Johnnie Hennessee (left), with Rhett, is the public information officer for the Sullivan County Disaster Area Response Team, and David King, seen with Dean and Maggie Mae, is the DART incident commander. Photo by Ned Jilton.
Imagine a natural disaster affects your hometown and you are ordered to evacuate. Your pets, however, aren’t allowed to leave with you. That’s what happened when Hurricane Katrina hit the U.S. Gulf Coast in 2005, and thousands of dogs, cats and other animals were stranded.
In the aftermath, Congress passed the Pet Evacuation and Transportation Standards Act, requiring states seeking Federal Emergency Management Agency (FEMA) assistance to accommodate pets and service animals in their plans for evacuating residents facing disasters. As a result, Disaster Animal Response Teams (DART) began to form nationwide. DART volunteers responded to the deadly tornado that struck near Oklahoma City in May and to the flooding in Colorado in September.
There are about 40 DARTs in Tennessee, organized at the county level. The Sullivan County DART was formed in November 2012 and so far hasn’t been called to action, but it has about 30 trained volunteers ready to respond to a natural or manmade disaster, including disease outbreaks.
“This isn’t search and rescue. That’s not what we do. We evacuate them after they’ve been saved. It’s caring after the fact,” said DART Public Information Officer Johnnie Hennessee.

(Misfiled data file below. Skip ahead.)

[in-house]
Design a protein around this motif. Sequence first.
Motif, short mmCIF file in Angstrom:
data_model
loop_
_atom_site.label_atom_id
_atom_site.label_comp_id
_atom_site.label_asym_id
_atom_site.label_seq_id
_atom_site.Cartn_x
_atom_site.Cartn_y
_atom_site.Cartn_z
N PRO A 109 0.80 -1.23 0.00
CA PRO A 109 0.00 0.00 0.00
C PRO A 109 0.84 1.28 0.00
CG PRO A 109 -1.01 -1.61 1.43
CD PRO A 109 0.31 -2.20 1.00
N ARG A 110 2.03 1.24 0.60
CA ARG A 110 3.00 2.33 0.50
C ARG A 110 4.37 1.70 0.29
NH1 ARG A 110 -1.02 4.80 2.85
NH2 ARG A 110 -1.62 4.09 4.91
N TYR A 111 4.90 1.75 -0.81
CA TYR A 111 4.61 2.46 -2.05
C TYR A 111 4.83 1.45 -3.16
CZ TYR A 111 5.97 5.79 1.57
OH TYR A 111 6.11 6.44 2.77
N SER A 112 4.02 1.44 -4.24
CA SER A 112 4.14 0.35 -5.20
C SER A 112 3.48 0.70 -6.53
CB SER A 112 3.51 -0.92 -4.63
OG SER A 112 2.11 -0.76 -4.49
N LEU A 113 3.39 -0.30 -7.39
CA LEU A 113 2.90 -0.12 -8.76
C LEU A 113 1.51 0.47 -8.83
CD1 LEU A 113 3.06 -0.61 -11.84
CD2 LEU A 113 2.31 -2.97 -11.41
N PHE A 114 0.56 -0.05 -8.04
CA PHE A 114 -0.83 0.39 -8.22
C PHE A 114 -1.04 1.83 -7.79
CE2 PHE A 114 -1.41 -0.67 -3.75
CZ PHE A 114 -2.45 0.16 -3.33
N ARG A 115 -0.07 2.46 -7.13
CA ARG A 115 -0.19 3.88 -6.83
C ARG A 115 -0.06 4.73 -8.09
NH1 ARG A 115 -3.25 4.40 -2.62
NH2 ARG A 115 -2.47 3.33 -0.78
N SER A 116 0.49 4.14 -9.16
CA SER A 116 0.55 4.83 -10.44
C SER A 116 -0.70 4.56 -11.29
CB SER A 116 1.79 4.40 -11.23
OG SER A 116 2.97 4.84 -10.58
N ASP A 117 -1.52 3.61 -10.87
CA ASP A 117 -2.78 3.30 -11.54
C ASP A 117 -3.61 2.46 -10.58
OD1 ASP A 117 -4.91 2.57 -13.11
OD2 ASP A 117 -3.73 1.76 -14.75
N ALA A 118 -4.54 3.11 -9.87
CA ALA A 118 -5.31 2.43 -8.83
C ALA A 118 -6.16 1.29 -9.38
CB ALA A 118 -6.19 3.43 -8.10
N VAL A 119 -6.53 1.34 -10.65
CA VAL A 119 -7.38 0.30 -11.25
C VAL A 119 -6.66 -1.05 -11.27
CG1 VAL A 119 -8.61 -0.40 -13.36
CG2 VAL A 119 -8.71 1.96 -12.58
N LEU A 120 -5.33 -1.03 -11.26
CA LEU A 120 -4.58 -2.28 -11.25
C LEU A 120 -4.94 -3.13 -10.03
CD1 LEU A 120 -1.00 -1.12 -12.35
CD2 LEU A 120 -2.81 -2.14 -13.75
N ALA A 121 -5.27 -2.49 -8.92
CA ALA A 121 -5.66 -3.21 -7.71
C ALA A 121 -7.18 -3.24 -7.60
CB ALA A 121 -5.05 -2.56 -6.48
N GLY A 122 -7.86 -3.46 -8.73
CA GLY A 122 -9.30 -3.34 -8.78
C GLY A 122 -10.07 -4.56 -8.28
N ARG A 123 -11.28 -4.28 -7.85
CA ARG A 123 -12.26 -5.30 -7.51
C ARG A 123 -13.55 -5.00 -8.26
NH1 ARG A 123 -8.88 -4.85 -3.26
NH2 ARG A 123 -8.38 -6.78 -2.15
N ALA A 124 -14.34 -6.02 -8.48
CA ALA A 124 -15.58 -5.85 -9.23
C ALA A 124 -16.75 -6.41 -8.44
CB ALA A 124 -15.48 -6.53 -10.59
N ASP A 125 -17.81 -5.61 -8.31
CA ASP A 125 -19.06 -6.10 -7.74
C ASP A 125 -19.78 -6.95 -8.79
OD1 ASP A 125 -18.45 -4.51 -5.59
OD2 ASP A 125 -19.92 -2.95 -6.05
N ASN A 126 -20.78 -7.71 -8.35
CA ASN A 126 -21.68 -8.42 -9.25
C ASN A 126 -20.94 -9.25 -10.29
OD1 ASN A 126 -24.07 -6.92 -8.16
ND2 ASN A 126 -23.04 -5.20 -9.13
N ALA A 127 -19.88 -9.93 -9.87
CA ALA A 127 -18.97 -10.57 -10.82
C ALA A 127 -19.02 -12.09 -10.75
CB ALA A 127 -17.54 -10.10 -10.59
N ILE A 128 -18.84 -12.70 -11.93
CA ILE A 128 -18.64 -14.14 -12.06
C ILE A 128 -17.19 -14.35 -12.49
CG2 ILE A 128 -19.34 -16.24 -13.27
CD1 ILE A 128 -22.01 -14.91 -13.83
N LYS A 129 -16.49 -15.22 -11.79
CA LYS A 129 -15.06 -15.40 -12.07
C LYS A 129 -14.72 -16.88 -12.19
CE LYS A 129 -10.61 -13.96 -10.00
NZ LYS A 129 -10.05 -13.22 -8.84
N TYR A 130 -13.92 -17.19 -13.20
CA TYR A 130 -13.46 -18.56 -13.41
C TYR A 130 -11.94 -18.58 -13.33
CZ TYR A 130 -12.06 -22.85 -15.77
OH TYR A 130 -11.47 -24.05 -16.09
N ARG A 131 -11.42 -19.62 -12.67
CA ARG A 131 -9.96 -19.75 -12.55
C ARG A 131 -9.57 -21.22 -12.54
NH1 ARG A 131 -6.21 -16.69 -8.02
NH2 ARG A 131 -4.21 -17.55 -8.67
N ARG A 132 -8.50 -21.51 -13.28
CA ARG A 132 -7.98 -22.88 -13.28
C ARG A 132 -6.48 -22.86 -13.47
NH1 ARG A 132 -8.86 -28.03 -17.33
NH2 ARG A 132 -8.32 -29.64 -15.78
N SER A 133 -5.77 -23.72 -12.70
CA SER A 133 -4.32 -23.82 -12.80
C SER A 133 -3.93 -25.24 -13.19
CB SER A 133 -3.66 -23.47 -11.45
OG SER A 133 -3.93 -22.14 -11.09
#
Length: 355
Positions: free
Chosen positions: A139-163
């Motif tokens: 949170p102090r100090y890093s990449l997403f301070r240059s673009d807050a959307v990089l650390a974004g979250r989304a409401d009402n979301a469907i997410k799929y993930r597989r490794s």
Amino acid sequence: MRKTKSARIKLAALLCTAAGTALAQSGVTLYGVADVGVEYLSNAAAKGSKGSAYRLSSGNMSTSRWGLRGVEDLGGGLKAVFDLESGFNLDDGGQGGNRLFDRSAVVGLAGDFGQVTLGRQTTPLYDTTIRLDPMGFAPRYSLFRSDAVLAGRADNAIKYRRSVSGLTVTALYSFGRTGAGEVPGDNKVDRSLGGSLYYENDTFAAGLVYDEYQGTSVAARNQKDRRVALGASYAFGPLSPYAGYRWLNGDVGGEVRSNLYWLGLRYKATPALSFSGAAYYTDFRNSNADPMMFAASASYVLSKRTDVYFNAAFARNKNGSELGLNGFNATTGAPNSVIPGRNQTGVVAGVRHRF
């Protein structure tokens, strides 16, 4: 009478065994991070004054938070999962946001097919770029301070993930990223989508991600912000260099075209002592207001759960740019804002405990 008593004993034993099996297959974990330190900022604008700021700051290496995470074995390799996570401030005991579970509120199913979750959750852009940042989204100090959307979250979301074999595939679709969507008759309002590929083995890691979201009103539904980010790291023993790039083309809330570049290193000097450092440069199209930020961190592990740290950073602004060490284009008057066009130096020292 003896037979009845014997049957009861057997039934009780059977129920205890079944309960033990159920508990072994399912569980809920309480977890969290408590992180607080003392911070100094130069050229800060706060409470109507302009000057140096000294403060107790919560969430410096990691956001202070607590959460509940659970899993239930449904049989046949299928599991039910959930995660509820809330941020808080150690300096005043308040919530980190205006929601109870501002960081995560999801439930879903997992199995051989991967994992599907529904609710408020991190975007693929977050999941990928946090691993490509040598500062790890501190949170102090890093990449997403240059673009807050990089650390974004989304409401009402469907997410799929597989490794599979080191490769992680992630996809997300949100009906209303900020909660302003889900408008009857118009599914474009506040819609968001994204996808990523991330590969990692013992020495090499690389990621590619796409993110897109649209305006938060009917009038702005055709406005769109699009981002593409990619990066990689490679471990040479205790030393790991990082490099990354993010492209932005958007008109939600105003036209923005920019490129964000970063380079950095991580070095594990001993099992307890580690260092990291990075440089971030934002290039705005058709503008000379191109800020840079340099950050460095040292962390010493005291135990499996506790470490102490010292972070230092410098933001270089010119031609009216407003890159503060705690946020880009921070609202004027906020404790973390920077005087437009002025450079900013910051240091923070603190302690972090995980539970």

As first responders in an emergency, DART is responsible for implementing a plan of animal housing and care services.
The Tennessee Department of Agriculture offers DART training statewide to qualify individuals to assist in emergency or disaster situations. DART members can be qualified on two levels — either that of a registered volunteer or that of a credentialed responder. DART training is open to veterinarians, veterinary technicians, extension personnel, animal control officers, animal owners, livestock producers, animal interest group members, and anyone with experience or an interest in assisting in the care of animals during an emergency. Volunteers must be 18 or older. The training is free.
DART is an asset of the Sullivan County Emergency Management Agency, and would be deployed under the Tennessee Department of Health’s Medical Reserve Corps (MRC). In Sullivan County, the MRC is under the Sullivan County Regional Health Department.
Registered volunteers, Hennessee said, can only respond to an emergency in their county; credentialed responders (who undergo more extensive training) can respond to an event anywhere in Tennessee .
“Any domestic animal we take them, house them, feed them and keep them nice and safe and warm and loved until their owners can get them,” said David King, DART’s incident commander. “We will use one or both [animal] shelters in Kingsport and Blountville as the primary location. We’ll use barns for livestock and horses, vets’ offices if needed. We might use foster families if needed for long-term.”
Only Sullivan and Washington counties in Northeast Tennessee have DARTs. The next closest DART is in Knox County. The western end of the state, however, has a DART in almost every county, likely because of the greater probability of disasters on the western side of the state due to the New Madrid Seismic Zone (also called the New Madrid Fault Line) and the proximity of the Mississippi River.
Although DART has 30 volunteers ready to respond, more are needed, including those to assist in shelters once the animals have been rescued. The organization also needs leashes, crates and cages, halters and blankets. Monetary donations are welcome.
For more information, email sullivancountyDART@gmail.com.